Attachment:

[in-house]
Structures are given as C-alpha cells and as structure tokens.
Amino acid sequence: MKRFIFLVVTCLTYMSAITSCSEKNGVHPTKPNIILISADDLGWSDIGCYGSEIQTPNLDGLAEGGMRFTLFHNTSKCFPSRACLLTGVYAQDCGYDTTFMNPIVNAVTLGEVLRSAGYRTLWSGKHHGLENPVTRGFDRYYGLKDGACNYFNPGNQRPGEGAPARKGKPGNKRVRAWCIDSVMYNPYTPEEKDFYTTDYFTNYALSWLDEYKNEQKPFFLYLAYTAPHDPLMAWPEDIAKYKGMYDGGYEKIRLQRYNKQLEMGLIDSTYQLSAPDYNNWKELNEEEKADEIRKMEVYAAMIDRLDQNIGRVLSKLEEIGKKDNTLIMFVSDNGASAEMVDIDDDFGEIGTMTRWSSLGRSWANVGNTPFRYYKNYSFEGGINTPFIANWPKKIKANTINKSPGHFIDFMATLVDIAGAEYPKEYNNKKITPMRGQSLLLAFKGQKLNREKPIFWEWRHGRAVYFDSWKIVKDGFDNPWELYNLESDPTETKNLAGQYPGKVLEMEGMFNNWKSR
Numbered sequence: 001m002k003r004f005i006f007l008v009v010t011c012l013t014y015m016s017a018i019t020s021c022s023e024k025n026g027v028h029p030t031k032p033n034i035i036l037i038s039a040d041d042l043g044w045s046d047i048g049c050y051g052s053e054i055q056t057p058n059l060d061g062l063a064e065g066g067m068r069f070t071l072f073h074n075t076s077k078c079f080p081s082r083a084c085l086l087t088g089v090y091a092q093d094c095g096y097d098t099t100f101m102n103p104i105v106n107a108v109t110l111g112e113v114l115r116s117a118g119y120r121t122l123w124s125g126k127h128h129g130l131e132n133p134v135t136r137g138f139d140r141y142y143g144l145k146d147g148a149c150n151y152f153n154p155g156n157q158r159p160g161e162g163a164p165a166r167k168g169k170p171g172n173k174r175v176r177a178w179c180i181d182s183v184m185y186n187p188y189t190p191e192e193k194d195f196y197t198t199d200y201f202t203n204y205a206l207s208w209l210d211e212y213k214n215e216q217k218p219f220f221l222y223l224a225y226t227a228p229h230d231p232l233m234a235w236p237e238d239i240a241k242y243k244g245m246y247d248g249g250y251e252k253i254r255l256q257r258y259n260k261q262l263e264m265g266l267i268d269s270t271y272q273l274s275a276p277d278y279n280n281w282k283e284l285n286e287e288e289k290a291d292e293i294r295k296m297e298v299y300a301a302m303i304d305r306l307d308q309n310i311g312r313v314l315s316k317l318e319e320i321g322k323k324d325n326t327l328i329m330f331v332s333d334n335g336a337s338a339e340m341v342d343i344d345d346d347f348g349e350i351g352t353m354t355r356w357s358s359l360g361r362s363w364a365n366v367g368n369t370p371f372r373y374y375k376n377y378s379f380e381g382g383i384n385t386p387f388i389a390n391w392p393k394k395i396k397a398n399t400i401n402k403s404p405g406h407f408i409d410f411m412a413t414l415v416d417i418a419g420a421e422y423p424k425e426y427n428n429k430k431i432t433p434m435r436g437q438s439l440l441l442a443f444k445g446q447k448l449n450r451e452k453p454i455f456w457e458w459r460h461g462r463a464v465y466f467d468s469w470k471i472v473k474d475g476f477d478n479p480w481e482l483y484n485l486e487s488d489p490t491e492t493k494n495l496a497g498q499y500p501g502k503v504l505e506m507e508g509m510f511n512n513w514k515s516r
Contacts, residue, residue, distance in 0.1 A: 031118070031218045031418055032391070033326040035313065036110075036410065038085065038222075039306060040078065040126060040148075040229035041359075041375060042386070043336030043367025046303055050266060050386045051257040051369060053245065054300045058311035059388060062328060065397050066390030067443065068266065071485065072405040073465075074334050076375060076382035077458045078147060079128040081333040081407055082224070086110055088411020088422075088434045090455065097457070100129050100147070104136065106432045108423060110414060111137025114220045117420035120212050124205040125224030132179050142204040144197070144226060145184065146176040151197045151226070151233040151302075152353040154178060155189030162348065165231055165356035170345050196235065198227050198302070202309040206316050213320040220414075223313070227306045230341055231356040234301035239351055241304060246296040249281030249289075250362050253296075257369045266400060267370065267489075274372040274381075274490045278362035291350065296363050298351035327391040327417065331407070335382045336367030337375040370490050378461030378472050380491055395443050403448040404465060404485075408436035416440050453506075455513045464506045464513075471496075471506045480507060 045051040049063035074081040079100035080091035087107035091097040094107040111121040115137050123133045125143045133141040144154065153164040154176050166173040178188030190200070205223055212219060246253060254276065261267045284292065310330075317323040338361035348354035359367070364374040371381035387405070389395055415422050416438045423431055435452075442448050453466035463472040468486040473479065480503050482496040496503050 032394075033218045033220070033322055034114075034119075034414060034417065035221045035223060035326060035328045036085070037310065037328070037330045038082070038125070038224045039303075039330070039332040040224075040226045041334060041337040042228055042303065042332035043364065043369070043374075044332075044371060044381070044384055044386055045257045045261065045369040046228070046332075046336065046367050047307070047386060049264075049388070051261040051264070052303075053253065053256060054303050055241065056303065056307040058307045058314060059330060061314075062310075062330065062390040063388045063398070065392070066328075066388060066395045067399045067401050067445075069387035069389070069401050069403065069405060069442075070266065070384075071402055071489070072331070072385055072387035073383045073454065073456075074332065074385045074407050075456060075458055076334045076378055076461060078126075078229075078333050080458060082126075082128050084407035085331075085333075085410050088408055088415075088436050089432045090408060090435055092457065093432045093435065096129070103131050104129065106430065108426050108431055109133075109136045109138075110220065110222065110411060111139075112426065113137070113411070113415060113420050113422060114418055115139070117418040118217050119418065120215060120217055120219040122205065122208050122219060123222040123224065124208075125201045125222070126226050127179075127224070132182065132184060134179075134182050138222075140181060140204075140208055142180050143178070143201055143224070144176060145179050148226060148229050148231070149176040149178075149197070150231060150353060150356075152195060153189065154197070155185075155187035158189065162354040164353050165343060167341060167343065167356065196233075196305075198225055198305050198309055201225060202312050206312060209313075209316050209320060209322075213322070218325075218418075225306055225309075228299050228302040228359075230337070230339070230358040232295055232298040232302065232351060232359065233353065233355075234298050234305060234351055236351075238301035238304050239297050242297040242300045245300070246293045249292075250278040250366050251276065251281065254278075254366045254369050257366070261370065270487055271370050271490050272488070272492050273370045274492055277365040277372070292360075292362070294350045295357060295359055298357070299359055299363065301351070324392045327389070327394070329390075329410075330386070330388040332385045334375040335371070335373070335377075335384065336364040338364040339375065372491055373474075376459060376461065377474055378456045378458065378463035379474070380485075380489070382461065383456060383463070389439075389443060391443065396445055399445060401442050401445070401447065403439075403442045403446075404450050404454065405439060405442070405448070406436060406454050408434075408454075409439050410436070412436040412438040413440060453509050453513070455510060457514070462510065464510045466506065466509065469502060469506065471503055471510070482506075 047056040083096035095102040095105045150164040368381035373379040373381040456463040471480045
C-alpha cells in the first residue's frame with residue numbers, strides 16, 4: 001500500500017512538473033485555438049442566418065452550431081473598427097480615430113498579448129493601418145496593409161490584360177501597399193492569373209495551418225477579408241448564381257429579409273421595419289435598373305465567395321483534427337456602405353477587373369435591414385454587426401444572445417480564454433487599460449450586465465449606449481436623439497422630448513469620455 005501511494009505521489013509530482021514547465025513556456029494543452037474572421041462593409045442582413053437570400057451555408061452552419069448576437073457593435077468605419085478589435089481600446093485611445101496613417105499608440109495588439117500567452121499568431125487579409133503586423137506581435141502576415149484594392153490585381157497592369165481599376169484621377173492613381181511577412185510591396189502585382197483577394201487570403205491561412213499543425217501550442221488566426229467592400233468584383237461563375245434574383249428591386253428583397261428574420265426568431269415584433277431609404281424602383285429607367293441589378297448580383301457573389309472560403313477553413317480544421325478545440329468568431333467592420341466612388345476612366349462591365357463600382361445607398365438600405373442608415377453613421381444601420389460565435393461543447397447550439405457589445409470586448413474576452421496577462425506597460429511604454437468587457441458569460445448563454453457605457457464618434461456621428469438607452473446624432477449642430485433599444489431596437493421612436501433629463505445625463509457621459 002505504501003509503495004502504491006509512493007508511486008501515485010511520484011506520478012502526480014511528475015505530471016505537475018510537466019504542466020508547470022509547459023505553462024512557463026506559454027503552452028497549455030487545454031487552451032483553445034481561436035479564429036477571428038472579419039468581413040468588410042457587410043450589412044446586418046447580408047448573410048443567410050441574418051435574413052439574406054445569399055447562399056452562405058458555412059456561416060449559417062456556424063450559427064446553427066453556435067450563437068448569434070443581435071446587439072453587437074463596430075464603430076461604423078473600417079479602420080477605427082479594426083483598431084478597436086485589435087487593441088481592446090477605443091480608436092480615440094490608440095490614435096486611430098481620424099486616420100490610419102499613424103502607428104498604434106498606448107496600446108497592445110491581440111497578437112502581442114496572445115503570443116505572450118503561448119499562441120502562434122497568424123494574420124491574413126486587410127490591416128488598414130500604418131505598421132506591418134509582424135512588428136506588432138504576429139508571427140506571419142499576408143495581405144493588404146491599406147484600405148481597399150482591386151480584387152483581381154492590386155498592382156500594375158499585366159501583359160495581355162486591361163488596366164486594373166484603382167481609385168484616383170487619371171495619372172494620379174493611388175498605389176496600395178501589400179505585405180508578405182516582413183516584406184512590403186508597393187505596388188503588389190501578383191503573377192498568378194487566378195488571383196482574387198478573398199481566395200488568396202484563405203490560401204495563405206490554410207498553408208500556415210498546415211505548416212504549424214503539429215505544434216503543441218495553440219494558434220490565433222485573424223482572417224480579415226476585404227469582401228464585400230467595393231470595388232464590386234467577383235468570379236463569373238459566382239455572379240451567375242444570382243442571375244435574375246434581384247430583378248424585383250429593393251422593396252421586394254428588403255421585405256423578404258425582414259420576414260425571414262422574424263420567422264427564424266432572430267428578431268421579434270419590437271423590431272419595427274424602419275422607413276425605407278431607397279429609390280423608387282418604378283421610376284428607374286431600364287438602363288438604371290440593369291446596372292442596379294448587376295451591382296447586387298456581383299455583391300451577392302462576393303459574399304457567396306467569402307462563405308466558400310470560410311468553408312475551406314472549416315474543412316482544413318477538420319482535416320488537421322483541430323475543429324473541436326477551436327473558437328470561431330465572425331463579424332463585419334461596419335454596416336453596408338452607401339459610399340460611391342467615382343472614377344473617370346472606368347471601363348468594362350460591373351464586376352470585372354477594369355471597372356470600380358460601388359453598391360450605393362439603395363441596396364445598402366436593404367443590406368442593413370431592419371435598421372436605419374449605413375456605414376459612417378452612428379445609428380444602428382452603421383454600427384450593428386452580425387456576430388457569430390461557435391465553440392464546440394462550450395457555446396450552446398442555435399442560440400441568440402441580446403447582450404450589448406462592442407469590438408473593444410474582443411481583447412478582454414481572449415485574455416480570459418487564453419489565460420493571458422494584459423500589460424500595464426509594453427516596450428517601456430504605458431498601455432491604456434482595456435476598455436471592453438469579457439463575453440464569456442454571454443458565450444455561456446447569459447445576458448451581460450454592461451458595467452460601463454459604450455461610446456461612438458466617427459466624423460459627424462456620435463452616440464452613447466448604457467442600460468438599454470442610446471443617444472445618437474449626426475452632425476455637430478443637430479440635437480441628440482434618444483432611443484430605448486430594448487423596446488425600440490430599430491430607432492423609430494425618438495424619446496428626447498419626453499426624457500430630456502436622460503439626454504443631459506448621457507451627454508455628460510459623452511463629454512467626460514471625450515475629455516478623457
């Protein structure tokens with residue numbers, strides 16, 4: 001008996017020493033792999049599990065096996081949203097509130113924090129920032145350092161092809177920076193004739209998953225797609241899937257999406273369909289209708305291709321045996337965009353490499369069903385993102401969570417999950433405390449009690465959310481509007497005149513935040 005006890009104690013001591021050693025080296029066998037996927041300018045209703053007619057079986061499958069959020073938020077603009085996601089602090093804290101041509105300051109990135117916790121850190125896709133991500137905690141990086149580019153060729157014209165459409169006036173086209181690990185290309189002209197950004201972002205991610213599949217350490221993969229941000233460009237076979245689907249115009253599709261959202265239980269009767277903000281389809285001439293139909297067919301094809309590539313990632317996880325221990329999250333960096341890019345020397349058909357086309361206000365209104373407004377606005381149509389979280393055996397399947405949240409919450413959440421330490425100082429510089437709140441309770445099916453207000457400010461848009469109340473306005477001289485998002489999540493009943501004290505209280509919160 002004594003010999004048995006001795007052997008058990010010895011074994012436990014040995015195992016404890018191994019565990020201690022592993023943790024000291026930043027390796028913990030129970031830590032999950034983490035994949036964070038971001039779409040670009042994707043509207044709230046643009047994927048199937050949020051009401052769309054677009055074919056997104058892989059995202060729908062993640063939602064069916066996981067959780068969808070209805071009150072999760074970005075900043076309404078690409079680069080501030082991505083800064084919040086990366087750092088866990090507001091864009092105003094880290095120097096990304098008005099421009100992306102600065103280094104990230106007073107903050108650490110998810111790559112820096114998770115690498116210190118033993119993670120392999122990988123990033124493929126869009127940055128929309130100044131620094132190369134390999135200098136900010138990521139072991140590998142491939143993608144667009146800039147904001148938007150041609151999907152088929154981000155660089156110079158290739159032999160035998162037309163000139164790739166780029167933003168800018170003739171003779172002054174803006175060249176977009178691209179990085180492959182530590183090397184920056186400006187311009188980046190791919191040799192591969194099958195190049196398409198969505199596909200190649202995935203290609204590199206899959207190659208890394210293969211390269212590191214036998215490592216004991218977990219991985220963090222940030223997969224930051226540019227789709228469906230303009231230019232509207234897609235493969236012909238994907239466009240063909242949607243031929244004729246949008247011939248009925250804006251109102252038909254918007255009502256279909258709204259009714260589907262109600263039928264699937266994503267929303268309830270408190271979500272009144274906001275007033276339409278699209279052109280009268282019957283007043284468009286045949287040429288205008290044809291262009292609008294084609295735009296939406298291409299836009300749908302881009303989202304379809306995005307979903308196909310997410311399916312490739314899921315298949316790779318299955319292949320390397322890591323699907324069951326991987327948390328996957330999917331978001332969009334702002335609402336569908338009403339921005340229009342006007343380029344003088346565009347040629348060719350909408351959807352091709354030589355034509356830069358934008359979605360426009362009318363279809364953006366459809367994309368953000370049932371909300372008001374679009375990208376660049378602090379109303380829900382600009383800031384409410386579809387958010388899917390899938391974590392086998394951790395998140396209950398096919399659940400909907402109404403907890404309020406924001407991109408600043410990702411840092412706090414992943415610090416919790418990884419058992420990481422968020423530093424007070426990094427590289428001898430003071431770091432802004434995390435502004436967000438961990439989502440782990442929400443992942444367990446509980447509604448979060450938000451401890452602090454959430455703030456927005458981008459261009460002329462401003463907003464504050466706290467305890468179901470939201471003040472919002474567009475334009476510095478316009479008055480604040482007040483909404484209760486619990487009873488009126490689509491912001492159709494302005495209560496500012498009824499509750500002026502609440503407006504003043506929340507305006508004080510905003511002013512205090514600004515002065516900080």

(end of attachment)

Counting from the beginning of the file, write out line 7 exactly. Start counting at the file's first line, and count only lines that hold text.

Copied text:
């Protein structure tokens with residue numbers, strides 16, 4: 001008996017020493033792999049599990065096996081949203097509130113924090129920032145350092161092809177920076193004739209998953225797609241899937257999406273369909289209708305291709321045996337965009353490499369069903385993102401969570417999950433405390449009690465959310481509007497005149513935040 005006890009104690013001591021050693025080296029066998037996927041300018045209703053007619057079986061499958069959020073938020077603009085996601089602090093804290101041509105300051109990135117916790121850190125896709133991500137905690141990086149580019153060729157014209165459409169006036173086209181690990185290309189002209197950004201972002205991610213599949217350490221993969229941000233460009237076979245689907249115009253599709261959202265239980269009767277903000281389809285001439293139909297067919301094809309590539313990632317996880325221990329999250333960096341890019345020397349058909357086309361206000365209104373407004377606005381149509389979280393055996397399947405949240409919450413959440421330490425100082429510089437709140441309770445099916453207000457400010461848009469109340473306005477001289485998002489999540493009943501004290505209280509919160 002004594003010999004048995006001795007052997008058990010010895011074994012436990014040995015195992016404890018191994019565990020201690022592993023943790024000291026930043027390796028913990030129970031830590032999950034983490035994949036964070038971001039779409040670009042994707043509207044709230046643009047994927048199937050949020051009401052769309054677009055074919056997104058892989059995202060729908062993640063939602064069916066996981067959780068969808070209805071009150072999760074970005075900043076309404078690409079680069080501030082991505083800064084919040086990366087750092088866990090507001091864009092105003094880290095120097096990304098008005099421009100992306102600065103280094104990230106007073107903050108650490110998810111790559112820096114998770115690498116210190118033993119993670120392999122990988123990033124493929126869009127940055128929309130100044131620094132190369134390999135200098136900010138990521139072991140590998142491939143993608144667009146800039147904001148938007150041609151999907152088929154981000155660089156110079158290739159032999160035998162037309163000139164790739166780029167933003168800018170003739171003779172002054174803006175060249176977009178691209179990085180492959182530590183090397184920056186400006187311009188980046190791919191040799192591969194099958195190049196398409198969505199596909200190649202995935203290609204590199206899959207190659208890394210293969211390269212590191214036998215490592216004991218977990219991985220963090222940030223997969224930051226540019227789709228469906230303009231230019232509207234897609235493969236012909238994907239466009240063909242949607243031929244004729246949008247011939248009925250804006251109102252038909254918007255009502256279909258709204259009714260589907262109600263039928264699937266994503267929303268309830270408190271979500272009144274906001275007033276339409278699209279052109280009268282019957283007043284468009286045949287040429288205008290044809291262009292609008294084609295735009296939406298291409299836009300749908302881009303989202304379809306995005307979903308196909310997410311399916312490739314899921315298949316790779318299955319292949320390397322890591323699907324069951326991987327948390328996957330999917331978001332969009334702002335609402336569908338009403339921005340229009342006007343380029344003088346565009347040629348060719350909408351959807352091709354030589355034509356830069358934008359979605360426009362009318363279809364953006366459809367994309368953000370049932371909300372008001374679009375990208376660049378602090379109303380829900382600009383800031384409410386579809387958010388899917390899938391974590392086998394951790395998140396209950398096919399659940400909907402109404403907890404309020406924001407991109408600043410990702411840092412706090414992943415610090416919790418990884419058992420990481422968020423530093424007070426990094427590289428001898430003071431770091432802004434995390435502004436967000438961990439989502440782990442929400443992942444367990446509980447509604448979060450938000451401890452602090454959430455703030456927005458981008459261009460002329462401003463907003464504050466706290467305890468179901470939201471003040472919002474567009475334009476510095478316009479008055480604040482007040483909404484209760486619990487009873488009126490689509491912001492159709494302005495209560496500012498009824499509750500002026502609440503407006504003043506929340507305006508004080510905003511002013512205090514600004515002065516900080």